The country's first completed insolvency deal has seen more than 70% of the borrower's debt written off, RTÉ News understands.
The arrangement was agreed at a creditors' meeting at the offices of lobby group New Beginning.
The borrower is a HSE worker from Donegal who was a partner in a business that failed.
The collapse of the business left the individual with a residual debt they could not pay.
It is understood three of Ireland's main banks were among six creditors involved.
The deal follows the issuing of a protective notice in court last month in Co Monaghan.
The individual's personal insolvency practitioner was Ronan Duffy of Derry-based McCambridge Duffy.
New Beginning has said the deal is proof of tangible and real hope for the many thousands of Irish borrowers who have been left behind in solving their financial difficulties.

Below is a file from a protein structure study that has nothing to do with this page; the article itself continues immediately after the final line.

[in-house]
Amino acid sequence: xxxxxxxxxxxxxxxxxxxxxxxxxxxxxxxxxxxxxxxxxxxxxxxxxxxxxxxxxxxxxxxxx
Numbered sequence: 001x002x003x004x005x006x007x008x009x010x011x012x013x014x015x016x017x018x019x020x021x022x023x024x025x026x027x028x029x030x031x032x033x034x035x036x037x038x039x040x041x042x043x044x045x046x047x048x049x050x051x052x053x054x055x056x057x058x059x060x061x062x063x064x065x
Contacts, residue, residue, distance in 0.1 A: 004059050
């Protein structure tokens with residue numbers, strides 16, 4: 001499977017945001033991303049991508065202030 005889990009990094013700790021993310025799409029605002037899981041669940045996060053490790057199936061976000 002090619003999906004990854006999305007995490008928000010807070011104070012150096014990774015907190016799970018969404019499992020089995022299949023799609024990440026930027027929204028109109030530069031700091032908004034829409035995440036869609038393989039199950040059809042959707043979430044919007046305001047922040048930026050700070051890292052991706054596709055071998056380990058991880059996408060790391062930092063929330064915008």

Barrister Vincent P Martin said the deal is hugely significant. He said that under this process it is certain that the debtor has paid all that they can reasonably afford to pay.
He said that up to now, most banks had failed to deal with borrowers in a fair, honest and sustainable way but now there is an opportunity of an independent process.
He said this system will be a lifeline for many borrowers who have waited in excess of five and a half years for their chance of recovery and it would enable them to play a viable role in the Irish economy.
Mr Martin said the only other option for banks who did not engage in the process was where the debtor would face bankruptcy and nobody would get any money.